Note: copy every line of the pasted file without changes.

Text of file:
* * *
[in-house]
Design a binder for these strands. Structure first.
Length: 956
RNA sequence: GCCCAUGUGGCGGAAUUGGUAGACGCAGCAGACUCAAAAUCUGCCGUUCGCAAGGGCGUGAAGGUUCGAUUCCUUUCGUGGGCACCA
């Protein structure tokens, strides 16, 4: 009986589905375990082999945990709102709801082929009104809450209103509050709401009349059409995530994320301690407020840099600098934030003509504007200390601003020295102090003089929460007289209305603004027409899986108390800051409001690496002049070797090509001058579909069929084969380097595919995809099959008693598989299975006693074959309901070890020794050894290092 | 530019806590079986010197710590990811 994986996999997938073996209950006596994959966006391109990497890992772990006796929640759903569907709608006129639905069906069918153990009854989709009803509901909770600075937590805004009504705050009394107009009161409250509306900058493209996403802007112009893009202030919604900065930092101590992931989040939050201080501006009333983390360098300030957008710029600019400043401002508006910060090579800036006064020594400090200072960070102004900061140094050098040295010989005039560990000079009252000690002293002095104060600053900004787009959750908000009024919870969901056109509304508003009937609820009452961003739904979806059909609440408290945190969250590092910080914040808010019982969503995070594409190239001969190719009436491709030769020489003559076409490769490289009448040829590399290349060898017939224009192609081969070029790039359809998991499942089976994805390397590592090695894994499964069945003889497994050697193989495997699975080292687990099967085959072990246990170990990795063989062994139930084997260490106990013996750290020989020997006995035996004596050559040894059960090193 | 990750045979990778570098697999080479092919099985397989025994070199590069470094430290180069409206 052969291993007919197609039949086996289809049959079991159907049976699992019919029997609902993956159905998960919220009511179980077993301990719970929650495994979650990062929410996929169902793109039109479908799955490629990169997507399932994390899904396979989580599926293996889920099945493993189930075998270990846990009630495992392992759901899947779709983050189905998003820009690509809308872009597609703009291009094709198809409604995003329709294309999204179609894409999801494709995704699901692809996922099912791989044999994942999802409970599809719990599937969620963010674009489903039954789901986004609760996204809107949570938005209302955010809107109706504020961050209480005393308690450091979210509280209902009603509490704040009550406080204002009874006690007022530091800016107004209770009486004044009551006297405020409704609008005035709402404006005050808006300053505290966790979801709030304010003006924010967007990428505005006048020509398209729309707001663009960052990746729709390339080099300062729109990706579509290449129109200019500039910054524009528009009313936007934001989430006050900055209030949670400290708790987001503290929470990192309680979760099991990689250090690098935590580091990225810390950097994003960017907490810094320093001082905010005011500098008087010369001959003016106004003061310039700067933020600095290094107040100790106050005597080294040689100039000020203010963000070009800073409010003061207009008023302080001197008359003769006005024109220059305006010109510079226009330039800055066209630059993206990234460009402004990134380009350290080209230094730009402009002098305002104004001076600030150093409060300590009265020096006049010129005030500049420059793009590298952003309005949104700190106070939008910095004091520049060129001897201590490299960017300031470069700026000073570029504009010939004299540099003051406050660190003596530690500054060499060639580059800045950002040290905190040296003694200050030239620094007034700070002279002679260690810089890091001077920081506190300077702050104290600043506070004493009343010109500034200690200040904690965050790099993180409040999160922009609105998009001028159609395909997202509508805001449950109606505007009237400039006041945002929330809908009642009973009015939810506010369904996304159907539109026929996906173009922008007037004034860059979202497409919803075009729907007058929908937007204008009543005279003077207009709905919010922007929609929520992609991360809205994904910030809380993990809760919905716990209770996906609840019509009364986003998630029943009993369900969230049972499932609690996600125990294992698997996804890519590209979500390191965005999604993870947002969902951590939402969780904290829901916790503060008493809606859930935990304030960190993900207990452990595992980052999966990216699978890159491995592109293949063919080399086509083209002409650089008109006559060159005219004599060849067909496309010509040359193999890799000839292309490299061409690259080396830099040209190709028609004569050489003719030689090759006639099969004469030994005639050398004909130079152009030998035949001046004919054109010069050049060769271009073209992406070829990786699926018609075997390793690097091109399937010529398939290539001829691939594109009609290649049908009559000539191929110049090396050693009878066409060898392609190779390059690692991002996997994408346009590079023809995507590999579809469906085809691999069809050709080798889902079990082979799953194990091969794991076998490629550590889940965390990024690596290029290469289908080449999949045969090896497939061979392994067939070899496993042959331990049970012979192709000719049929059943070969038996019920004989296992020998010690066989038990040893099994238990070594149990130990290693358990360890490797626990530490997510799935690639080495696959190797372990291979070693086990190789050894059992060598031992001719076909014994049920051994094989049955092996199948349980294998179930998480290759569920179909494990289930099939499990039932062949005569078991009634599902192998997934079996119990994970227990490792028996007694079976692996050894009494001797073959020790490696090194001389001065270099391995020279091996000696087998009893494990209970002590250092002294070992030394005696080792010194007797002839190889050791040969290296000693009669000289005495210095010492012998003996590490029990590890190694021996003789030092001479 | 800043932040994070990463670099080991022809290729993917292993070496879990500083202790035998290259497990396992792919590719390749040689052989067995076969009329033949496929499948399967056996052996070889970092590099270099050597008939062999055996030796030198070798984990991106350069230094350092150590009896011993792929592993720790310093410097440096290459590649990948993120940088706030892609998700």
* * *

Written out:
[in-house]
Design a binder for these strands. Structure first.
Length: 956
RNA sequence: GCCCAUGUGGCGGAAUUGGUAGACGCAGCAGACUCAAAAUCUGCCGUUCGCAAGGGCGUGAAGGUUCGAUUCCUUUCGUGGGCACCA
């Protein structure tokens, strides 16, 4: 009986589905375990082999945990709102709801082929009104809450209103509050709401009349059409995530994320301690407020840099600098934030003509504007200390601003020295102090003089929460007289209305603004027409899986108390800051409001690496002049070797090509001058579909069929084969380097595919995809099959008693598989299975006693074959309901070890020794050894290092 | 530019806590079986010197710590990811 994986996999997938073996209950006596994959966006391109990497890992772990006796929640759903569907709608006129639905069906069918153990009854989709009803509901909770600075937590805004009504705050009394107009009161409250509306900058493209996403802007112009893009202030919604900065930092101590992931989040939050201080501006009333983390360098300030957008710029600019400043401002508006910060090579800036006064020594400090200072960070102004900061140094050098040295010989005039560990000079009252000690002293002095104060600053900004787009959750908000009024919870969901056109509304508003009937609820009452961003739904979806059909609440408290945190969250590092910080914040808010019982969503995070594409190239001969190719009436491709030769020489003559076409490769490289009448040829590399290349060898017939224009192609081969070029790039359809998991499942089976994805390397590592090695894994499964069945003889497994050697193989495997699975080292687990099967085959072990246990170990990795063989062994139930084997260490106990013996750290020989020997006995035996004596050559040894059960090193 | 990750045979990778570098697999080479092919099985397989025994070199590069470094430290180069409206 052969291993007919197609039949086996289809049959079991159907049976699992019919029997609902993956159905998960919220009511179980077993301990719970929650495994979650990062929410996929169902793109039109479908799955490629990169997507399932994390899904396979989580599926293996889920099945493993189930075998270990846990009630495992392992759901899947779709983050189905998003820009690509809308872009597609703009291009094709198809409604995003329709294309999204179609894409999801494709995704699901692809996922099912791989044999994942999802409970599809719990599937969620963010674009489903039954789901986004609760996204809107949570938005209302955010809107109706504020961050209480005393308690450091979210509280209902009603509490704040009550406080204002009874006690007022530091800016107004209770009486004044009551006297405020409704609008005035709402404006005050808006300053505290966790979801709030304010003006924010967007990428505005006048020509398209729309707001663009960052990746729709390339080099300062729109990706579509290449129109200019500039910054524009528009009313936007934001989430006050900055209030949670400290708790987001503290929470990192309680979760099991990689250090690098935590580091990225810390950097994003960017907490810094320093001082905010005011500098008087010369001959003016106004003061310039700067933020600095290094107040100790106050005597080294040689100039000020203010963000070009800073409010003061207009008023302080001197008359003769006005024109220059305006010109510079226009330039800055066209630059993206990234460009402004990134380009350290080209230094730009402009002098305002104004001076600030150093409060300590009265020096006049010129005030500049420059793009590298952003309005949104700190106070939008910095004091520049060129001897201590490299960017300031470069700026000073570029504009010939004299540099003051406050660190003596530690500054060499060639580059800045950002040290905190040296003694200050030239620094007034700070002279002679260690810089890091001077920081506190300077702050104290600043506070004493009343010109500034200690200040904690965050790099993180409040999160922009609105998009001028159609395909997202509508805001449950109606505007009237400039006041945002929330809908009642009973009015939810506010369904996304159907539109026929996906173009922008007037004034860059979202497409919803075009729907007058929908937007204008009543005279003077207009709905919010922007929609929520992609991360809205994904910030809380993990809760919905716990209770996906609840019509009364986003998630029943009993369900969230049972499932609690996600125990294992698997996804890519590209979500390191965005999604993870947002969902951590939402969780904290829901916790503060008493809606859930935990304030960190993900207990452990595992980052999966990216699978890159491995592109293949063919080399086509083209002409650089008109006559060159005219004599060849067909496309010509040359193999890799000839292309490299061409690259080396830099040209190709028609004569050489003719030689090759006639099969004469030994005639050398004909130079152009030998035949001046004919054109010069050049060769271009073209992406070829990786699926018609075997390793690097091109399937010529398939290539001829691939594109009609290649049908009559000539191929110049090396050693009878066409060898392609190779390059690692991002996997994408346009590079023809995507590999579809469906085809691999069809050709080798889902079990082979799953194990091969794991076998490629550590889940965390990024690596290029290469289908080449999949045969090896497939061979392994067939070899496993042959331990049970012979192709000719049929059943070969038996019920004989296992020998010690066989038990040893099994238990070594149990130990290693358990360890490797626990530490997510799935690639080495696959190797372990291979070693086990190789050894059992060598031992001719076909014994049920051994094989049955092996199948349980294998179930998480290759569920179909494990289930099939499990039932062949005569078991009634599902192998997934079996119990994970227990490792028996007694079976692996050894009494001797073959020790490696090194001389001065270099391995020279091996000696087998009893494990209970002590250092002294070992030394005696080792010194007797002839190889050791040969290296000693009669000289005495210095010492012998003996590490029990590890190694021996003789030092001479 | 800043932040994070990463670099080991022809290729993917292993070496879990500083202790035998290259497990396992792919590719390749040689052989067995076969009329033949496929499948399967056996052996070889970092590099270099050597008939062999055996030796030198070798984990991106350069230094350092150590009896011993792929592993720790310093410097440096290459590649990948993120940088706030892609998700």